A confession: the original SNES wasn’t the console that introduced me to 16-bit gaming. At the time, gaming was still acceptable as a family pastime and we grew up playing Mega Drive games instead. Admittedly, I eventually discovered Nintendo’s machine later on and learned to appreciate the big hits and hidden gems, but I was never really able to make amends until sometime earlier this week. More than 25 years after the release of its big brother, the SNES Classic Mini (sorry, “Nintendo Classic Mini: Super Nintendo Entertainment System” according to the small print on the box) is upon us, and I was lucky enough to have my order delivered to me on Thursday. I love Nintendo’s older games, and whilst I skipped the NES Classic Mini I was more than happy to pick up one of these.
SNES Classic Mini – the contents
In the box of the SNES Classic Mini you’ll get the console itself, two controllers, a HDMI lead, and a USB cable. What you won’t get is an AC adaptor for the USB cable – this is available separately from Nintendo – but you can use the one for your old mobile phone or another gaming handheld, provided the output is sufficient. You’ll also get the manual, although if you ignore the pages in other languages it’s about three pages long, and two of those pages contain health and safety advice. The console itself truly is mini – from above, the top is narrower and maybe a bit taller than a CD case, and in terms of height it’s shorter than a DualShock 4 controller – well, if you include the thumbsticks. Meanwhile, it weighs barely anything if you pick it up, and the controllers are as close to the originals as you’d need them to be (even though I missed out on the original SNES, I was playing Super Mario Kart only last week.)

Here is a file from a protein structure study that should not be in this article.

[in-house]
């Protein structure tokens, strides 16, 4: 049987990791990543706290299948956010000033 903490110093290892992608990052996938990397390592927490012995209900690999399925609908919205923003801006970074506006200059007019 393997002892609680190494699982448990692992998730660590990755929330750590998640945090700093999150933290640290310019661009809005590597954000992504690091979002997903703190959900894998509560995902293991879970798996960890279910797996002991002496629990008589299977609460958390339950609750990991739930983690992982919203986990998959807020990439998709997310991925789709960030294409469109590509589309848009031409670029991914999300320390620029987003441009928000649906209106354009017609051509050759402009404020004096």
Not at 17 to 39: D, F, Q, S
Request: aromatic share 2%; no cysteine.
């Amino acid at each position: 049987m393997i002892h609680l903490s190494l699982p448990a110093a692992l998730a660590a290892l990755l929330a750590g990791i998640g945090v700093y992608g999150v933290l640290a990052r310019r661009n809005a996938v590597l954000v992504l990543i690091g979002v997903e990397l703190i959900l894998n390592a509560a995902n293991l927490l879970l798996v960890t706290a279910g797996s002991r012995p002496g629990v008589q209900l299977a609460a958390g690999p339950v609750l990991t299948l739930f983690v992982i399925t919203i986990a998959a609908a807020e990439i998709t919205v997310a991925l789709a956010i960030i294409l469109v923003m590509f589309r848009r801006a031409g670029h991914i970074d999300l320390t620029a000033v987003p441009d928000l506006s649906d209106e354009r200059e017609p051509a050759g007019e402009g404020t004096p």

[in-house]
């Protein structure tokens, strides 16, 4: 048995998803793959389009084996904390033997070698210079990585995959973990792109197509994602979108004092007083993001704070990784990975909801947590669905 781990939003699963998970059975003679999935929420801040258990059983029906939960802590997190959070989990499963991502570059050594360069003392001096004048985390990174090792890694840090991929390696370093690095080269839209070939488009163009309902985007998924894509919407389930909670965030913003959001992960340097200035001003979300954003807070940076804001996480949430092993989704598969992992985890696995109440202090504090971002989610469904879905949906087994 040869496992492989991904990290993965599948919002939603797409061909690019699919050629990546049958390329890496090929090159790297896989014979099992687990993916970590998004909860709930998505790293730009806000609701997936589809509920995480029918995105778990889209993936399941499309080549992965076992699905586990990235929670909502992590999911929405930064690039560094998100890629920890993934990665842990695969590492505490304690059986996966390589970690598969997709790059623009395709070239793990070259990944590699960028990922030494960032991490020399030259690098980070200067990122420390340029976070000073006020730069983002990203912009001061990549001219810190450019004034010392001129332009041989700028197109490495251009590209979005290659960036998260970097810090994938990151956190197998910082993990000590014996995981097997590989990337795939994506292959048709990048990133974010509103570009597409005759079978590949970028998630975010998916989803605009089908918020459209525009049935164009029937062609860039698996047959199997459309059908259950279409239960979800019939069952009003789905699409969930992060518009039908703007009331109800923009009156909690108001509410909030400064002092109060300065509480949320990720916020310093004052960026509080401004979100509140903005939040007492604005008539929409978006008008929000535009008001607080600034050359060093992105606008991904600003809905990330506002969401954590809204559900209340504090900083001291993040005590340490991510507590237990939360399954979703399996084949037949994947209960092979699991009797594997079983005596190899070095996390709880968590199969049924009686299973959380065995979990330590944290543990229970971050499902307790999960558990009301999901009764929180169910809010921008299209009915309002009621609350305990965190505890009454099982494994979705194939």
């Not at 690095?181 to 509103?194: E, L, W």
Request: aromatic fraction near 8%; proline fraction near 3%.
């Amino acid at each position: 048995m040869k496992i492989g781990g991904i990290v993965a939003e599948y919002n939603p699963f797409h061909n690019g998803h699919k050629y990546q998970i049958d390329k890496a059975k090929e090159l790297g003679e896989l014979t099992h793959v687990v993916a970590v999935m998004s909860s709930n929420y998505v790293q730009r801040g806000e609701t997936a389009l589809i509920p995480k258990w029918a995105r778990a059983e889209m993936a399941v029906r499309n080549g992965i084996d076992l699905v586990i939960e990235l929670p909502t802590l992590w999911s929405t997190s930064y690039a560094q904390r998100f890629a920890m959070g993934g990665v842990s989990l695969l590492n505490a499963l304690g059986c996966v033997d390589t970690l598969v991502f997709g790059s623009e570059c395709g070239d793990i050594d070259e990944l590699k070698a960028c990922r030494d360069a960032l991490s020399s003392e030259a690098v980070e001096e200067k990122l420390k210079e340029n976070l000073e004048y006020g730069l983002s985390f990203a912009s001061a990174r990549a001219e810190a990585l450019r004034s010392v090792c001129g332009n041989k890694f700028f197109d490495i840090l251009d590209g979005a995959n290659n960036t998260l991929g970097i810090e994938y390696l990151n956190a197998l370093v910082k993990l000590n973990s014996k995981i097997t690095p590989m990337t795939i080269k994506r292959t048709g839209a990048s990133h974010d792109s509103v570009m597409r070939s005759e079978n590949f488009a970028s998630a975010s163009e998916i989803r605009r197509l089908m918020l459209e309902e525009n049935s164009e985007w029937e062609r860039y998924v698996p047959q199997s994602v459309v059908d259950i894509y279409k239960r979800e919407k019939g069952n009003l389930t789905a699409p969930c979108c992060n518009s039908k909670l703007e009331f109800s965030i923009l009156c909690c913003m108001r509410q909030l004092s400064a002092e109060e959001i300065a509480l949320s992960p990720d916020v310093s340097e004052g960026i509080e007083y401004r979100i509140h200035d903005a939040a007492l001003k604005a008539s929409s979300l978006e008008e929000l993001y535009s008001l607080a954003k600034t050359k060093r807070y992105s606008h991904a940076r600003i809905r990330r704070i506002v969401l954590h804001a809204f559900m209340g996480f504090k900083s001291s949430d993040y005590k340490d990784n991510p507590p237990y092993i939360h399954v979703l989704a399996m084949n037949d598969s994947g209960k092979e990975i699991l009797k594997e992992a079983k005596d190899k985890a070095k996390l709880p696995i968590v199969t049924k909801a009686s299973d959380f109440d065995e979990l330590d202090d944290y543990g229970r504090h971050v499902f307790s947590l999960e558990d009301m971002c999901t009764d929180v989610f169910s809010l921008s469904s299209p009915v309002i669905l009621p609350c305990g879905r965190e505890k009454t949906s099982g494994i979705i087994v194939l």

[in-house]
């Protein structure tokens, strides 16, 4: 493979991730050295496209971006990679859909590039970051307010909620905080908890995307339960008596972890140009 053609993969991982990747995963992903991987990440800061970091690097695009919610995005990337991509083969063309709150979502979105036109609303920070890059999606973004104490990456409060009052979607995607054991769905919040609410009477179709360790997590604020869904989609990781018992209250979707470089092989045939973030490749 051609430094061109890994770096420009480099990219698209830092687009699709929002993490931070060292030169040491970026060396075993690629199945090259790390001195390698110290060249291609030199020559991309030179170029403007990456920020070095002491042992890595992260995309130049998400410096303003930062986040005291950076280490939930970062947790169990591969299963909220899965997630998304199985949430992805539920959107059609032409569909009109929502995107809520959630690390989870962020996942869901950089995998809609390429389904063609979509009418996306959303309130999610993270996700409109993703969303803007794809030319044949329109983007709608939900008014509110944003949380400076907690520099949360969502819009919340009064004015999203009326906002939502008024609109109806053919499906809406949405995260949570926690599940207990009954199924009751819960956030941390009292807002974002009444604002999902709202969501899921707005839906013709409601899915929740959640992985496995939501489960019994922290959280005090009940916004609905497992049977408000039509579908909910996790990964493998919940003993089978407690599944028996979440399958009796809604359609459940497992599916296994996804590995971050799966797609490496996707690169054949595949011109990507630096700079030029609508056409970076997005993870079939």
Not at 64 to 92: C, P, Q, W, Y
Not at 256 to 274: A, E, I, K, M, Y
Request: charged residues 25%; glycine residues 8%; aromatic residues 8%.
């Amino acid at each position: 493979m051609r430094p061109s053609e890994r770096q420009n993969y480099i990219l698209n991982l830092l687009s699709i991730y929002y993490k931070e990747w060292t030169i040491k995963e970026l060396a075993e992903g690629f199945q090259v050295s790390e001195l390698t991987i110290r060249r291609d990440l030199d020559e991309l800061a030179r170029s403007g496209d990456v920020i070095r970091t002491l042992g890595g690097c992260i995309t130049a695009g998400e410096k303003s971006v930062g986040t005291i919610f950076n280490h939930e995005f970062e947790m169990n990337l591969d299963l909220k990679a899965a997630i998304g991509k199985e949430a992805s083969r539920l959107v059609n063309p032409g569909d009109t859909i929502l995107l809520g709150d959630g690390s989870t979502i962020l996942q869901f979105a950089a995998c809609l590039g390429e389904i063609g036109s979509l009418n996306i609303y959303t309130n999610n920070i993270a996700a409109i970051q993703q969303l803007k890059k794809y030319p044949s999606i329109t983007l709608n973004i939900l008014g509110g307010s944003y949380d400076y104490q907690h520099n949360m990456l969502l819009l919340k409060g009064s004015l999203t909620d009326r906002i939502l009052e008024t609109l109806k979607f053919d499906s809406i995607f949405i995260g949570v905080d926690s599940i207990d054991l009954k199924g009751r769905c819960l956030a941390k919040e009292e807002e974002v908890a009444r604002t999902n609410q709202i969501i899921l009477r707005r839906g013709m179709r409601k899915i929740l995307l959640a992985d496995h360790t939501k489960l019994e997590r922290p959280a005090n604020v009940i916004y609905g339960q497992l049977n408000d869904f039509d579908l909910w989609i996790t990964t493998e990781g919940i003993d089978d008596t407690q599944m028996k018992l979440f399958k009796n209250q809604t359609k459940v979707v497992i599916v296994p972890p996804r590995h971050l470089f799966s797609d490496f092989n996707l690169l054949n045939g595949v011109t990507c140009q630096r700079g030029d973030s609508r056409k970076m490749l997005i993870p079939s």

SNES Classic Mini – the extras
In terms of bells and whistles, the SNES Classic Mini has a CRT filer and 4:3 mode, although you can have clean unstretched pixels if you wish. There are also custom borders for your widescreen TV, language settings, and even a “rewind” feature that lets you suspend your gameplay and then view your gameplay up to the point you suspended – so if you feel like you could have tackled a Mega Man X boss without losing so many lives, you can rewind before your failed attempts and pick up from there. If you’re familiar with save states in emulation, you’ll know the feeling of the “bad save”, where you save a split second before death, or accidentally choose to save instead of load after getting killed… so hopefully this is a better solution to that problem.
SNES Classic Mini – the games
The 21 games have classics such as Super Mario World and A Link To The Past, fan favourites such as Earthbound and Secret of Mana, and the first “official” release of Star Fox 2 (Starwing 2 to you and me) on Nintendo hardware. That game probably deserves a feature or review all of its own, but I was never the best Starwing player so I’m not sure when you could expect that. The games I’ve played run well and look great, although some have reported iffy emulation quirks in certain games (the “dizzy” effect in the Yoshi’s Island stage “Touch Fuzzy, Get Dizzy” is apparently a little different, for example), so it may take some time for players to check out the accuracy of each of the games. As for me… well it has taken 25 years but I’m glad I finally have a SNES of some kind, and the only issue remaining is whether or not I can remember how to get to Star Road…
The SNES Classic Mini is available now at around £69.99
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